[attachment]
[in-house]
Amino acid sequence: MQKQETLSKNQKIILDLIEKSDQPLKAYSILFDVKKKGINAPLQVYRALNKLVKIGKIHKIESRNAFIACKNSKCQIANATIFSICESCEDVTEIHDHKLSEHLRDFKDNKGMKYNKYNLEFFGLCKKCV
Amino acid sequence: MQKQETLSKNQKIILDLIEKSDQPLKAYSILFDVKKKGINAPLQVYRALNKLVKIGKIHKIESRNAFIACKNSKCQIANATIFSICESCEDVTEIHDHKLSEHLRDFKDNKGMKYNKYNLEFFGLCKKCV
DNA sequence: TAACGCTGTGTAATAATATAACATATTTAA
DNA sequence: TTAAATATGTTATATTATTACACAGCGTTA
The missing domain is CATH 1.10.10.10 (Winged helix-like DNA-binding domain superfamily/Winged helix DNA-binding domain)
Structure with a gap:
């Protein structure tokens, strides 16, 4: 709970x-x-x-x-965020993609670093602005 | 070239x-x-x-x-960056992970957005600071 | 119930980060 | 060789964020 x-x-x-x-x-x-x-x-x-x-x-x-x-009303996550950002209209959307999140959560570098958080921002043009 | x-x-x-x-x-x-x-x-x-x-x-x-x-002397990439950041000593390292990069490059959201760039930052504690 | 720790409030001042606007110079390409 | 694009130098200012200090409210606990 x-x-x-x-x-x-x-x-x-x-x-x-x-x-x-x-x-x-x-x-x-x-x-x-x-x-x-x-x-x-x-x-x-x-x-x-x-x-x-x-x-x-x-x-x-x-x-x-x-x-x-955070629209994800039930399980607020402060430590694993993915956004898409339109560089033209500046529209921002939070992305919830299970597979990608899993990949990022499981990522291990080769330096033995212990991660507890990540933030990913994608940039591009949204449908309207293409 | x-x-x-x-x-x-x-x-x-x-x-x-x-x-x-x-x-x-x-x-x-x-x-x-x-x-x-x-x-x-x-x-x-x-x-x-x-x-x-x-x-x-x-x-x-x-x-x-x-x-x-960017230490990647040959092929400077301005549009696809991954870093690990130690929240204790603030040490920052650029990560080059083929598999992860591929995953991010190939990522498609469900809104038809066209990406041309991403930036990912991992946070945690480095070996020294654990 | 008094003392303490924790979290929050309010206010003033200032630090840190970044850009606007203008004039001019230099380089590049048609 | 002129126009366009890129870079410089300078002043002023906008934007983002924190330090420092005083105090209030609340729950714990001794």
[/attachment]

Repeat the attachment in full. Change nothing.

[in-house]
Amino acid sequence: MQKQETLSKNQKIILDLIEKSDQPLKAYSILFDVKKKGINAPLQVYRALNKLVKIGKIHKIESRNAFIACKNSKCQIANATIFSICESCEDVTEIHDHKLSEHLRDFKDNKGMKYNKYNLEFFGLCKKCV
Amino acid sequence: MQKQETLSKNQKIILDLIEKSDQPLKAYSILFDVKKKGINAPLQVYRALNKLVKIGKIHKIESRNAFIACKNSKCQIANATIFSICESCEDVTEIHDHKLSEHLRDFKDNKGMKYNKYNLEFFGLCKKCV
DNA sequence: TAACGCTGTGTAATAATATAACATATTTAA
DNA sequence: TTAAATATGTTATATTATTACACAGCGTTA
The missing domain is CATH 1.10.10.10 (Winged helix-like DNA-binding domain superfamily/Winged helix DNA-binding domain)
Structure with a gap:
């Protein structure tokens, strides 16, 4: 709970x-x-x-x-965020993609670093602005 | 070239x-x-x-x-960056992970957005600071 | 119930980060 | 060789964020 x-x-x-x-x-x-x-x-x-x-x-x-x-009303996550950002209209959307999140959560570098958080921002043009 | x-x-x-x-x-x-x-x-x-x-x-x-x-002397990439950041000593390292990069490059959201760039930052504690 | 720790409030001042606007110079390409 | 694009130098200012200090409210606990 x-x-x-x-x-x-x-x-x-x-x-x-x-x-x-x-x-x-x-x-x-x-x-x-x-x-x-x-x-x-x-x-x-x-x-x-x-x-x-x-x-x-x-x-x-x-x-x-x-x-x-955070629209994800039930399980607020402060430590694993993915956004898409339109560089033209500046529209921002939070992305919830299970597979990608899993990949990022499981990522291990080769330096033995212990991660507890990540933030990913994608940039591009949204449908309207293409 | x-x-x-x-x-x-x-x-x-x-x-x-x-x-x-x-x-x-x-x-x-x-x-x-x-x-x-x-x-x-x-x-x-x-x-x-x-x-x-x-x-x-x-x-x-x-x-x-x-x-x-960017230490990647040959092929400077301005549009696809991954870093690990130690929240204790603030040490920052650029990560080059083929598999992860591929995953991010190939990522498609469900809104038809066209990406041309991403930036990912991992946070945690480095070996020294654990 | 008094003392303490924790979290929050309010206010003033200032630090840190970044850009606007203008004039001019230099380089590049048609 | 002129126009366009890129870079410089300078002043002023906008934007983002924190330090420092005083105090209030609340729950714990001794």